'All Jacked Up and Full of Worms' Review: Deworming Nightmare Will Make You Squirm | Fantastic Fest 2022

‘All Jacked Up and Full of Worms’ Review: Deworming Nightmare Will Make You Squirm | Fantastic Fest 2022

While horror is usually related to fear, the genre also works as an exploration of other very uncomfortable feelings, such as dread and disgust. We are not necessarily afraid when seeing explicit violence or eschatological scenes in a movie. Still, our bodies move away from the unnerving imagery, just as our eyes try to close to protect us from unspeakable terrors. Alex Phillips’ feature debut as a writer and director, All Jacked Up and Full of Worms, is all about evoking this feeling in the audience, a mission he sometimes fulfills too well. However, while Phillips’ drug trip is disturbing enough to grab the attention of horror-fiends looking for the next maddening movie to watch, the result might be too disjointed to leave a lasting impression.

All Jacked Up and Full of Worms is about a group of people getting hooked on earthworms that have hallucinogenic effects whenever they are ingested, snorted, or put inside your body in any creative way you’d like. That concept alone is already enough to produce the stomach-churning effect Phillips is looking for, but the worms might be the sanest aspect of All Jacked Up and Full of Worms. That’s because every character in the movie is either despicable, uncomfortably weird, or a nice mix of both. Fueled by the psychotropic worms, the people in All Jacked Up and Full of Worms will give themselves to a rampage of sex and violence, looking for pleasure in the most repulsive ways Phillips could think of. On top of that, the worms’ hallucinogenic properties also challenge our understanding of what’s real, while All Jacked Up and Full of Worms pours random nightmarish dimensions into its drug-infused trip to hell. This randomness, however, hurts the movie, as it defies any attempt to find meaning.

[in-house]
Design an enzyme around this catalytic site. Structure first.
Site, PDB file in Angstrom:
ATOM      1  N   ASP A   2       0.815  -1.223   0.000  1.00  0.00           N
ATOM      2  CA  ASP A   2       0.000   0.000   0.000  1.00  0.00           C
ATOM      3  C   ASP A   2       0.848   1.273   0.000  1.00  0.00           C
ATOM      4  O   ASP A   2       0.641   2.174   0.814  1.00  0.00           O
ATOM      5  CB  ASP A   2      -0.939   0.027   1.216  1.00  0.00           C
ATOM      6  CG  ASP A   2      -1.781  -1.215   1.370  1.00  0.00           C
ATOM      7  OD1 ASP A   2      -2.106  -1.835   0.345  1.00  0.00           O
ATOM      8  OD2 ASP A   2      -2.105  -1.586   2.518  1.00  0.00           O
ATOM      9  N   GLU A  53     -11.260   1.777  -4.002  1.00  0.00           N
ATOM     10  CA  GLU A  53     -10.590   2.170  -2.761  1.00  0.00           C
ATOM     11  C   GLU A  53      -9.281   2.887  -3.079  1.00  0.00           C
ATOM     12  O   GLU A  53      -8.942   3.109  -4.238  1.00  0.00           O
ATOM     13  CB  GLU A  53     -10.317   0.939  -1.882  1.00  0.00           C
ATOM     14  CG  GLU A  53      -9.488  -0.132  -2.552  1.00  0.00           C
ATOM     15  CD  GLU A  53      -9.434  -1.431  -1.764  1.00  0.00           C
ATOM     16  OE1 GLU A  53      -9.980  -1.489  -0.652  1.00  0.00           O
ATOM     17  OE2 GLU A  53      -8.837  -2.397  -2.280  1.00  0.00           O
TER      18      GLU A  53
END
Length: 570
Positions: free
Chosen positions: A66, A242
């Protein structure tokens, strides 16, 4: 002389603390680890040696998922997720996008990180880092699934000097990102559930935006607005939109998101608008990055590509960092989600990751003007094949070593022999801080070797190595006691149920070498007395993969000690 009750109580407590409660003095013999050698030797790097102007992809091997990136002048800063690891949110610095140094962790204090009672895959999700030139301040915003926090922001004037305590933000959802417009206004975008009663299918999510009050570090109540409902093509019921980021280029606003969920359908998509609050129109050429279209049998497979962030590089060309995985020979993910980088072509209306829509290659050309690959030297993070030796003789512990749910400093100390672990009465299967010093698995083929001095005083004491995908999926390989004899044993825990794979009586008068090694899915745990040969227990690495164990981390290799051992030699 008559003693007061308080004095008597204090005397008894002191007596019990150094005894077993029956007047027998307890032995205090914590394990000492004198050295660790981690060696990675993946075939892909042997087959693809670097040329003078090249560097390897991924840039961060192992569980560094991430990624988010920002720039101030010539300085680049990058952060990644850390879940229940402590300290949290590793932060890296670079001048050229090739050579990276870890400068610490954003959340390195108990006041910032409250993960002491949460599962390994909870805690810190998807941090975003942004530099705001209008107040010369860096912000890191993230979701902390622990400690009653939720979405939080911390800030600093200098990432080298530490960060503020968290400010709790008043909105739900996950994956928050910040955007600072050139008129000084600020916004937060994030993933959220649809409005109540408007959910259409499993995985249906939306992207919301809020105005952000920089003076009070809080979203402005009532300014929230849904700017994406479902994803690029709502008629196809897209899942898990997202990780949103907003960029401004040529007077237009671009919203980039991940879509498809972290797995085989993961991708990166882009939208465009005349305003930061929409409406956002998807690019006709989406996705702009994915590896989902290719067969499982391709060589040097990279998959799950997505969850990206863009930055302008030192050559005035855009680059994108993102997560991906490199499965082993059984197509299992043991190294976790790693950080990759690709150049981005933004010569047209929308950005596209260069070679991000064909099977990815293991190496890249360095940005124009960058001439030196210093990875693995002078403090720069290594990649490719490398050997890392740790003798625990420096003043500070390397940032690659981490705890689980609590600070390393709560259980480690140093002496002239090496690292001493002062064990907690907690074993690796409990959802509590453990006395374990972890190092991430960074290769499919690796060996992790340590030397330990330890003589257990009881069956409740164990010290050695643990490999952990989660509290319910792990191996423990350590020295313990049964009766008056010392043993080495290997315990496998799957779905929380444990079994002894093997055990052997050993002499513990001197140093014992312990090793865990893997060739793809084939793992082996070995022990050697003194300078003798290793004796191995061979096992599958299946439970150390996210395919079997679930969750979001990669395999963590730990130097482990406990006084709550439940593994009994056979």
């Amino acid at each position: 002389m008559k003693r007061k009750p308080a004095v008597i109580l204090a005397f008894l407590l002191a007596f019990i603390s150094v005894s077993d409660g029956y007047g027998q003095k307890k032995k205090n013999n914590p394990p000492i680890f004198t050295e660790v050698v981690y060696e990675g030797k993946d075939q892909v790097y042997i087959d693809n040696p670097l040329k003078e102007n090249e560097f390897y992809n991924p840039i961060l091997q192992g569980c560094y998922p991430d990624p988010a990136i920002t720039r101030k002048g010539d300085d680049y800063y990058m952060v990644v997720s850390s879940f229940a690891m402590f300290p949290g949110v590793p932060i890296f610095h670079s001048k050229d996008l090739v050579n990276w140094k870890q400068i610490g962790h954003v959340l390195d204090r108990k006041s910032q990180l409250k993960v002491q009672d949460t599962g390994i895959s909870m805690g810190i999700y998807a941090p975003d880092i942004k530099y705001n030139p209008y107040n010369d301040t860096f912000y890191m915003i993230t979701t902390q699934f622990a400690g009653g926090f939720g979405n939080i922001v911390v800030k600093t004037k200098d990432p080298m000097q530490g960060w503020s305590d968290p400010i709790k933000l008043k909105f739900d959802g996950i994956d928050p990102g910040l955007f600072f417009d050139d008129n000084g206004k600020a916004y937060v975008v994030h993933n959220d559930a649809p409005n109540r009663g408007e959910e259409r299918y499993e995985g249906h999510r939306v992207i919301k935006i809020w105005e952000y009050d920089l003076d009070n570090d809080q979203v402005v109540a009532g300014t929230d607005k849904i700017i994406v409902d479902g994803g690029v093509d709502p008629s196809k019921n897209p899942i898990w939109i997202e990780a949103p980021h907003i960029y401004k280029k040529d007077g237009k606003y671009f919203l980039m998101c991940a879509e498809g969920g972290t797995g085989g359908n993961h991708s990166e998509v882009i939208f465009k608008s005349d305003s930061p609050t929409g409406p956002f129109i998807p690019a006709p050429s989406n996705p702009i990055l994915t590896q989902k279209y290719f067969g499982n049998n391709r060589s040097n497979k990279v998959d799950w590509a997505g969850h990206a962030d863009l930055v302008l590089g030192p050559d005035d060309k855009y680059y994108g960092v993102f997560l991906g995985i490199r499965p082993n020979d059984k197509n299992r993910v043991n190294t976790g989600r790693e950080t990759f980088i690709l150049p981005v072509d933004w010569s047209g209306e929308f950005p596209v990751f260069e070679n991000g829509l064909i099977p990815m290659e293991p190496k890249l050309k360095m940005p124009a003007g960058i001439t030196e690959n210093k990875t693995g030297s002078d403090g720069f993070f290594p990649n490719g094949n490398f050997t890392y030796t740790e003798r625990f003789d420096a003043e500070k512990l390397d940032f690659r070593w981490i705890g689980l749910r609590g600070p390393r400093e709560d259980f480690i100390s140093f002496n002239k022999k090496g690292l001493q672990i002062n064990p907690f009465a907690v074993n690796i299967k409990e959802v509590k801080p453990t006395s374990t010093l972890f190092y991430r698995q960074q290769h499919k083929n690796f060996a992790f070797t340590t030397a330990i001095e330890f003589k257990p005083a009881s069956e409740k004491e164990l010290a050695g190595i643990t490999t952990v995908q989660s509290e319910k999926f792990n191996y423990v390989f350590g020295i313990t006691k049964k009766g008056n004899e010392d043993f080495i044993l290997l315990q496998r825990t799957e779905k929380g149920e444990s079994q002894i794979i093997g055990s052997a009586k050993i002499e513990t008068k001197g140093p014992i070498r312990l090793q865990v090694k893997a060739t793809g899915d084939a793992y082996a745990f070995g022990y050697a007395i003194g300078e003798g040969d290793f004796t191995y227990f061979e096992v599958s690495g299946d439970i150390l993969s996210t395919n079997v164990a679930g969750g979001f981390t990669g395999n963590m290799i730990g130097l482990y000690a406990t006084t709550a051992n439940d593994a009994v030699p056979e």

There are a few interesting ideas scattered all over All Jacked Up and Full of Worms, such as how the hyper-sexualization of the word “daddy” carries an uncomfortable relationship to pedophilia, or how both hallucinogenic drugs and mental health issues can change the perception of reality in a similar fashion. But that’s precisely the issue: they are scattered. The script of All Jacked Up and Full of Worms is the weakest part of the movie because it fails to offer enough connective tissue to tie the absurd imagery with a deeper meaning. As it is, All Jacked Up and Full of Worms feels like a collection of weird scenes, put together only by the idea that everything is part of one terrible drug trip. While that’s enough to justify the unbounded perversions Phillips conjures before our eyes, it might be too little to hold the attention of moviegoers hoping to get something more from a movie than utter repulsion.

And yet, there’s something mesmerizing about All Jacked Up and Full of Worms. When we think about the parts instead of the whole, Phillips’ directorial debut is capable of perfectly recreating the ecstasy of getting high and the pains of coming down and having to face a world that no longer make sense to you. It also dives deep into the alienating consequences of a bad trip, as an addict’s own body ceases to belong to himself and is transfigured into a prison for their conscious mind. Besides that, we must admit that many of us come to horror to test our ability to endure the appalling images an artist can create. All Jacked Up and Full of Worms is filled to the brink with this kind of image, and horror fans looking for the weirdest experience they can find will be well-served with Phillips’ movie.

Phillips’ All Jacked Up and Full of Worms is not meant to give the audience any pleasure. Instead, it was developed to cause repulsion, disgust, and even anger. After watching Phillips’ directorial debut, we can say the filmmaker succeeded. If only All Jacked Up and Full of Worms had a script capable of bridging the gaps between its most inspired moments, it could be praised as a refreshing experiment of shock cinema. Instead, it might be too eccentric for its own sake, pushing people away by refusing to give any kind of direction in this eerie excursion through the abyss of human perversity. Even so, All Jacked Up and Full of Worms’ collection of uncanny scenes is more than enough to fulfill viewers craving for the bizarre.

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